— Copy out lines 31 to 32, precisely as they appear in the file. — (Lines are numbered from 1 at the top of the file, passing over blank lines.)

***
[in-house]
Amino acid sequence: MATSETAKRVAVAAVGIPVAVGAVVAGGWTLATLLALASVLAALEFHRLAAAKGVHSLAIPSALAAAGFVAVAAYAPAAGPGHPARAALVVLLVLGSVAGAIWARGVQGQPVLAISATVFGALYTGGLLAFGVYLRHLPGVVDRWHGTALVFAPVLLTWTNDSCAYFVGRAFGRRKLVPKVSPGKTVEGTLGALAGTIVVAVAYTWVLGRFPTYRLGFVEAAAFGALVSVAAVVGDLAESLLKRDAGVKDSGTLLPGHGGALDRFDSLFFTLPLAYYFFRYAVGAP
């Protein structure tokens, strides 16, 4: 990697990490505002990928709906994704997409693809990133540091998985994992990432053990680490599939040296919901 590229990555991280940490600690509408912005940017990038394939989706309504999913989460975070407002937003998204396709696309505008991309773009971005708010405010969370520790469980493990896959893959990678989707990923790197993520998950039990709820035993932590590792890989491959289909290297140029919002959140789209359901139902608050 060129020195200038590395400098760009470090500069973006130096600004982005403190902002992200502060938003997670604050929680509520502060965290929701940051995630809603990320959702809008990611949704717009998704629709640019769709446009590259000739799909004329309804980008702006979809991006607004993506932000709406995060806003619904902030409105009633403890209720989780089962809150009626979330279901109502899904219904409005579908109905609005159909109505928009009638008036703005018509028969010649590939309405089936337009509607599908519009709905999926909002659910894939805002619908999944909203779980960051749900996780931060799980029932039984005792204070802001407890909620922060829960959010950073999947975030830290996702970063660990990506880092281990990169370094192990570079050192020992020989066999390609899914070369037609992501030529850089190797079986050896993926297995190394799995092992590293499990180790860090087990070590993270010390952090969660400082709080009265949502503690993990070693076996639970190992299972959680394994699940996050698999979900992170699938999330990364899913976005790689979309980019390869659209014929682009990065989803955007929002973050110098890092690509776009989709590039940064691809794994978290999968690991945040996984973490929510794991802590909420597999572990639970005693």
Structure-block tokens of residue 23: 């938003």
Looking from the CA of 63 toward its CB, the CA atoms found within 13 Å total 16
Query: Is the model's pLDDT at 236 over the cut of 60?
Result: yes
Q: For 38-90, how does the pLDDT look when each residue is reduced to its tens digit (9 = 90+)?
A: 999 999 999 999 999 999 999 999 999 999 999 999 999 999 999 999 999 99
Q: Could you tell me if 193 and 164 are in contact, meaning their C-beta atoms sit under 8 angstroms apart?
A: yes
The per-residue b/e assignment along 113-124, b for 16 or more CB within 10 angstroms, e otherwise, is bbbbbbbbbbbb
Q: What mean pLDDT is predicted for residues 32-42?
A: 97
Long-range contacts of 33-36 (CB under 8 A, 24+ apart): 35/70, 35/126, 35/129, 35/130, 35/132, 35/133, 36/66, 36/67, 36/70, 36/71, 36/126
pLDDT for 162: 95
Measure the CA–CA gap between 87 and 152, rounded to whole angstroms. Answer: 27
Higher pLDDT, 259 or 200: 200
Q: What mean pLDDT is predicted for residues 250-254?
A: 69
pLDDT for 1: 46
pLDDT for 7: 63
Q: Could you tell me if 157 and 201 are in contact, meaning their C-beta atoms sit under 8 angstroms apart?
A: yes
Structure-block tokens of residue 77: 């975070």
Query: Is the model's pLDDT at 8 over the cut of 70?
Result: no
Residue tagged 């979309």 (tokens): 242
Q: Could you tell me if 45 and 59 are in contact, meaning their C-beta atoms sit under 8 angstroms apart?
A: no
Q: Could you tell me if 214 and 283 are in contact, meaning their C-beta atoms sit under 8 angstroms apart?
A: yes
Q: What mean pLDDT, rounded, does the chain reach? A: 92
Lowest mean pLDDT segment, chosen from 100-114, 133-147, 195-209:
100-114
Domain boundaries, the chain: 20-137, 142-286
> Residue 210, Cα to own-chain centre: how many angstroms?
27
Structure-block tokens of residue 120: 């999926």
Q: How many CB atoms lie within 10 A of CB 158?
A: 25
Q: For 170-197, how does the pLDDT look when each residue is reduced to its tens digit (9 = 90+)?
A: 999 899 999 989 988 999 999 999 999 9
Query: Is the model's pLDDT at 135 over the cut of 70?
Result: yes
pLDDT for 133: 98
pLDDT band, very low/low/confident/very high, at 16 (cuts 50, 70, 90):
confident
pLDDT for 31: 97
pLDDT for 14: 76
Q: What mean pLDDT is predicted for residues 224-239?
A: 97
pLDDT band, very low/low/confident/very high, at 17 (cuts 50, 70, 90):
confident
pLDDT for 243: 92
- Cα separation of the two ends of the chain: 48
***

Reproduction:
Q: Could you tell me if 214 and 283 are in contact, meaning their C-beta atoms sit under 8 angstroms apart?
A: yes